It wasn’t long before I was inspired to launch an internal HPUX Apache Web server community, inviting software engineers across the company who were working on the same open source components on the HP-UX platform. Together we identified opportunities to collaborate on feature enhancements and improved our test suite and Apache performance on HP-UX. Additionally, we improved end-to-end product quality and robustness, and we enhanced our influence in selected open source communities.
Leveraging Open Source Community Mindset to Tackle Challenges
Our Latin culture is about family and community, so I easily felt connected with the value of open source communities. However, the open source community expanded my thought of “community,” which changed my perspective on how I tackle business challenges. Community has a broader meaning to me, so this has given me a greater sense of freedom in reaching out farther to explore creative ways to partner and collaborate in addressing common challenges. For example, to continuously improve our HP-UX Apache product quality, I explored different ways to connect my team to our field support. In turn, this connected us with different customers, and these customers helped us understand their customers. These engagements helped my team see trends and identify a solution that improved the overall customer experience.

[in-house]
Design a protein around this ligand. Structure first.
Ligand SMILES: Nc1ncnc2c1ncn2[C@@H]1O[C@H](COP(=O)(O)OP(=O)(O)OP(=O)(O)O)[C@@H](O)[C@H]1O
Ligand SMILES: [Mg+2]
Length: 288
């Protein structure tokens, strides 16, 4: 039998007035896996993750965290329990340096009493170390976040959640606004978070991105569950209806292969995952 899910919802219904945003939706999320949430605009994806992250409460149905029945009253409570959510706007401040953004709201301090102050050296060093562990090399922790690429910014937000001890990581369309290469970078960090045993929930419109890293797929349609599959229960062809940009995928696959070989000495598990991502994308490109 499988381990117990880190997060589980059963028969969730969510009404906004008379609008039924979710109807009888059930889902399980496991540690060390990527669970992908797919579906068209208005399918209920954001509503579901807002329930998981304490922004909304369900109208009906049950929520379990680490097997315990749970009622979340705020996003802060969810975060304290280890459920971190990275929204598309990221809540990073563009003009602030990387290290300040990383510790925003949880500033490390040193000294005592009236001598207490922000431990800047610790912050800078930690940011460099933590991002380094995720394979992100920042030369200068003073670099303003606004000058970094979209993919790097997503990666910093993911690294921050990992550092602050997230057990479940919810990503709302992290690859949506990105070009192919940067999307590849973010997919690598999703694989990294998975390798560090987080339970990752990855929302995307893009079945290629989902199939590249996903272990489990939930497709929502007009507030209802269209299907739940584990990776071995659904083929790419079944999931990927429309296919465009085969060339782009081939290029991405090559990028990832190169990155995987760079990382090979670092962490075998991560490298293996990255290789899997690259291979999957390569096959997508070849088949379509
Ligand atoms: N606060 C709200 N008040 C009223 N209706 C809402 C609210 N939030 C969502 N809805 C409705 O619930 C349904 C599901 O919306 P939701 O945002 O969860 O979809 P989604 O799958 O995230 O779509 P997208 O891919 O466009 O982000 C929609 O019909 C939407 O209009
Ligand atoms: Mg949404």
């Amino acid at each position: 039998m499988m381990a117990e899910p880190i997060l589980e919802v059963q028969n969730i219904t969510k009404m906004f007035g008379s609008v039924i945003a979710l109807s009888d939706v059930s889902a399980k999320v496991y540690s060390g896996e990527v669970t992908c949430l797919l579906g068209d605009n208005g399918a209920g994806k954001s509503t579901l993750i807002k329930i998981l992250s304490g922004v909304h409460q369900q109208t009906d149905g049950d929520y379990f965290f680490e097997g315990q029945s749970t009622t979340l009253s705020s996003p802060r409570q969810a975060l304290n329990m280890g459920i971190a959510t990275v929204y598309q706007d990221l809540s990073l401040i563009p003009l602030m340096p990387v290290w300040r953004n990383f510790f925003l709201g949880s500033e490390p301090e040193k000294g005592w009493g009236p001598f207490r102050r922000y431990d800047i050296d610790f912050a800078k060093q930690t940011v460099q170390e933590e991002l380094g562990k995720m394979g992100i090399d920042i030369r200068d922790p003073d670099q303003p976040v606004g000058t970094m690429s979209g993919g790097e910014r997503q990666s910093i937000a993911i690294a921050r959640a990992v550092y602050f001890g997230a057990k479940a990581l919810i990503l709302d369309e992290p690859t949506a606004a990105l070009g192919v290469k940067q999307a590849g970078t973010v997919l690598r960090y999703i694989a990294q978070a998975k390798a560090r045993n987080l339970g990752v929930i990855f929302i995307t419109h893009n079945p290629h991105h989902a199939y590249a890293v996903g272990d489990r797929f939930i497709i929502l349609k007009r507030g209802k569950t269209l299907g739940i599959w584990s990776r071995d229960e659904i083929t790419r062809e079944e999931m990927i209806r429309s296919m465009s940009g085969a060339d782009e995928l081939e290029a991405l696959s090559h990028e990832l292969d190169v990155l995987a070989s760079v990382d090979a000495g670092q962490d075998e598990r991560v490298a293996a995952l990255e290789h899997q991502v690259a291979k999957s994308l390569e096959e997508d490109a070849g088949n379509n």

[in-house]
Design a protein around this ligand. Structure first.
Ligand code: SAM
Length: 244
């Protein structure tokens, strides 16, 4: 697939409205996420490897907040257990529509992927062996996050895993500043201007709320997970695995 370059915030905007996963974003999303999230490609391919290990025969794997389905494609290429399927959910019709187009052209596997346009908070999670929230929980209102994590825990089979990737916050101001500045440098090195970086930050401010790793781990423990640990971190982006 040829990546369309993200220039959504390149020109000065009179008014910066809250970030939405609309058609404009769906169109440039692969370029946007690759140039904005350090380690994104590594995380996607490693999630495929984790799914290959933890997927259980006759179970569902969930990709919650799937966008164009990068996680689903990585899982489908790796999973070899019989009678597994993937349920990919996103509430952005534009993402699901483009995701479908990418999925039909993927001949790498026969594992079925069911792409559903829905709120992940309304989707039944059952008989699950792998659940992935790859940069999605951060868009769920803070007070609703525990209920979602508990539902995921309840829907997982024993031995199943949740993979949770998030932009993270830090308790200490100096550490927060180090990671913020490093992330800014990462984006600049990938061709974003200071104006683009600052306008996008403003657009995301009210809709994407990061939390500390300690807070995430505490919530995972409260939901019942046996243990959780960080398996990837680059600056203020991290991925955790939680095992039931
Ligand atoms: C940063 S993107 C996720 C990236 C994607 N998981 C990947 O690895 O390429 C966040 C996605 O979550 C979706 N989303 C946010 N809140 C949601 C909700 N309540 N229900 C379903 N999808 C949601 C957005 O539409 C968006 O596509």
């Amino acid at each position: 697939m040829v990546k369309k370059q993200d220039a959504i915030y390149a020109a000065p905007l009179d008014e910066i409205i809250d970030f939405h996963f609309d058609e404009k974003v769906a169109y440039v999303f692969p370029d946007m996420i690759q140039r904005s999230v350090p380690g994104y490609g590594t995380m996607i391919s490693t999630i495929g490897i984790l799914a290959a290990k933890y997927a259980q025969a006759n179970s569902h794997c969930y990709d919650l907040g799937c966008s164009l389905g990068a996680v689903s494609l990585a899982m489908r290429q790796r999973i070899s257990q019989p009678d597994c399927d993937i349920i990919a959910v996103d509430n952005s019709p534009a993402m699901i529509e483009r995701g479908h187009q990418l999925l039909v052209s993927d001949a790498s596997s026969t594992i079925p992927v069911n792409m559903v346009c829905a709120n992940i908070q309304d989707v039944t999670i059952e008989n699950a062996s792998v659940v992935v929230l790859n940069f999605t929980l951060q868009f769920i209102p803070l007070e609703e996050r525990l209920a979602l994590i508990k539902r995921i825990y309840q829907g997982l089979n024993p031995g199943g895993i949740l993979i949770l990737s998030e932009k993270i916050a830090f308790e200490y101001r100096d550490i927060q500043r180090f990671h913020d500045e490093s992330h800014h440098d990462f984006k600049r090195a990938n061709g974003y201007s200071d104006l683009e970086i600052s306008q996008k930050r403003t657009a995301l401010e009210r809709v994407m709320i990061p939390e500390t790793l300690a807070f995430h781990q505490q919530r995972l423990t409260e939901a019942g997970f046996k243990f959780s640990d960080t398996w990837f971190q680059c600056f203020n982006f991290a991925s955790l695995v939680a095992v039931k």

I came to VMware as a Senior Program Manager in 2017, and am thrilled to be back working in the open source space in the Open Source Program Office. Today, I help our new acquisition teams and product teams go through their open source compliance automation journey. And it’s fulfilling to be able to leverage my experience and open source community mindset to drive collaboration across organizations, across geographies to identify creative solutions to address business challenges.
But in all my years of working in open source communities, I’ve found there is one drawback: there’s a gender and diversity imbalance.
Diversity, Equity and Inclusion (DEI)